Kwazulu-Natal have always liked to be a bit independent; they only joined with WESSA in 1960. But the Natal Society for the Preservation of Wildlife and Natural Resorts had worked closely with other conservation organisations for many years. Its origins go back to 21st August 1883 when a group of five sportsmen met in Durban to establish the Natal Game Protection Association, chaired by SF Beningfield. After just 60 years of uncontrolled hunting it was only too clear that the wildlife had been virtually wiped out over large areas. Even before that the governor, Sir Henry Bulwer, had recognised that the forests and fisheries were also being harvested at an unsustainable rate. And already there were complaints in the press about industrial pollution from the sugar mills. Today’s challenges are not new, although the causes have evolved, and the issues often seem complex.
The NGPA’s stated objectives were to preserve the wild game, to secure prosecution of offenders against the game laws, and to take an active role in improving those laws. That mandate still holds good but has much increased in scope to cover every aspect of conservation. And in due course it was supplemented by a new and powerful concept; environmental education for all. Kwazulu-Natal can be justly proud of its four Environmental Education centres, (Can you name them all?T) which have had such a great impact, as well as the world-renowned Wilderness Leadership school founded by Ian Player in the 1950’s.
Zululand’s first game preserve was set aside by King Cetshwayo. In 1895 five game reserves were proclaimed by the Zululand government. But then disaster struck; not only rinderpest but also nagana became a major problem, and the then government decided that eliminating the big game was the easy solution. That policy was bound to fail, but it decimated the Zululand wildlife and upset the whole ecosystem. By 1926 Natal could only boast 6 nature reserves, and the few remaining White Rhino. Today there are numerous local reserves supporting the provincial parks, and White Rhino are flourishing, although the activities of poachers are an increasing cause for concern affecting many of our wildlife species. The Metropolitan Open Space System (MOSS) of Durban was a WESSA initiative. Part of the MOSS was Pigeon valley Park, which was transformed into a nature reserve in 1989 and is now managed by a WESSA Friends Group. However, it was not all plain sailing.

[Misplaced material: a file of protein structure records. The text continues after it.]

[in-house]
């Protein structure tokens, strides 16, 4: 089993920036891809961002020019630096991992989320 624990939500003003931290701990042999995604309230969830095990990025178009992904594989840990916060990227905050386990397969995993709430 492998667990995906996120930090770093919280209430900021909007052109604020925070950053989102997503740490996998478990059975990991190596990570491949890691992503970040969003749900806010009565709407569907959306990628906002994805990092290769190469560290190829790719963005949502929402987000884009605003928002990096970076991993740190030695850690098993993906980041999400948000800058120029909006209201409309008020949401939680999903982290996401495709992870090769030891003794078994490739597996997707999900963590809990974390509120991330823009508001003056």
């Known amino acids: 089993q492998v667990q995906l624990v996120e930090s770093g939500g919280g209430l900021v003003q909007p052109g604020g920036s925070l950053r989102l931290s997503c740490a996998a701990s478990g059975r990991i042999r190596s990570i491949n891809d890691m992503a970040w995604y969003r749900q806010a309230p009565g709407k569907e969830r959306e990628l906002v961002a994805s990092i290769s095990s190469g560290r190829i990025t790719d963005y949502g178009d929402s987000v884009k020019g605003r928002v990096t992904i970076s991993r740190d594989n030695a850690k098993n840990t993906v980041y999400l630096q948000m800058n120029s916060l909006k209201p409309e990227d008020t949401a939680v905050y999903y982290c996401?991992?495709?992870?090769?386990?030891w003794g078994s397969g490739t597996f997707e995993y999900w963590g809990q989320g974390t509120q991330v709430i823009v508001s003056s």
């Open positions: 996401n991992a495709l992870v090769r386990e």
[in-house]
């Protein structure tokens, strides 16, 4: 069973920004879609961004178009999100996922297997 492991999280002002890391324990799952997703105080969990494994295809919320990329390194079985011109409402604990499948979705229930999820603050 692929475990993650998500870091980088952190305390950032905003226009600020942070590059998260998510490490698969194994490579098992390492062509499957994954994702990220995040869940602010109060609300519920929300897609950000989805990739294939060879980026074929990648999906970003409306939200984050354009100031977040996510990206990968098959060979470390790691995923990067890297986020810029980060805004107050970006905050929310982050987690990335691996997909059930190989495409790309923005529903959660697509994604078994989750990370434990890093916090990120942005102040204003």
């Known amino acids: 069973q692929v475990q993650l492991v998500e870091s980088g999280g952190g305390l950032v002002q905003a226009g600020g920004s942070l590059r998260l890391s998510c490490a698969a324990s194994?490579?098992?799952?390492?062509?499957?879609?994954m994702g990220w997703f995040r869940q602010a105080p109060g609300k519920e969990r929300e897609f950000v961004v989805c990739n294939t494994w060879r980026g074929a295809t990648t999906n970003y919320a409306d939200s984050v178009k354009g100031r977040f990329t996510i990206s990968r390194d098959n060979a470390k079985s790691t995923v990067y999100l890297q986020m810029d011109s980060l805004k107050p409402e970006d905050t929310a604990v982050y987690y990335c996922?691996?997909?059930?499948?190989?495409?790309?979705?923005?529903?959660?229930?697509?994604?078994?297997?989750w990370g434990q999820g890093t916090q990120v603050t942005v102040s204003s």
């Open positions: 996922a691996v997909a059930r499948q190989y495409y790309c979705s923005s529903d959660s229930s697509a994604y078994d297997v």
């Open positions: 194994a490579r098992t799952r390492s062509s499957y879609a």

In 1958 the Zululand Branch was formed in order to oppose a proposal to de-proclaim the Mkhuze Reserve for farming, and to protect the Zululand crocodiles from extermination. Those battles were won. In 1963 the Natal Branch of WESSA launched the African Wildlife Society; at a time of political division they tried to bridge the racial divide by creating a branch for the previously excluded. Sadly, it never really got going, but it showed that in Natal conservationists had recognised both that conservation issues affected everyone, and the need to involve all communities.
In 1970, and again in 1976, another, more local, campaign was successfully fought in Durban to prevent the municipality from driving a road through Yellowwood Park and bisecting the Kenneth Stainbank Nature Reserve, the largest reserve in the metropolitan area.
The Natal Region also has an outstanding record of publishing guides to our wildlife, including titles as diverse as “Forest Trees of Natal”, “Wild Walks of Natal”, “Suburban Wildlife”, “Mangroves”, and the indispensable “Antelope of Southern Africa”. The little handbook on eradicating “Invasive Alien Plants” was recognised as a first-class aid to practical conservation not only in the members’ neighbourhood but also at government level. These well-illustrated guides were supplemented by numerous Sharenet publications emanating from Umgeni Valley which supported the eco-schools program.
It has recently been announced that Umgeni Valley has been proclaimed nationally as a nature reserve. But it has been a WESSA flagship for over forty years. It was bought and established in the 1970’s by the efforts of the Kwazulu-Natal Region members, and in 1976 an outdoor education centre was created to enable scholars of all ages to study the environment and learn about our natural heritage. With three camps, a variety of biomes, well-trained leaders, and a pioneering approach to learning it has changed the lives of many thousands of young people, and quite a few schoolteachers as well. It is a key component of the Umgeni Biosphere Project, and visitors are still warmly welcomed.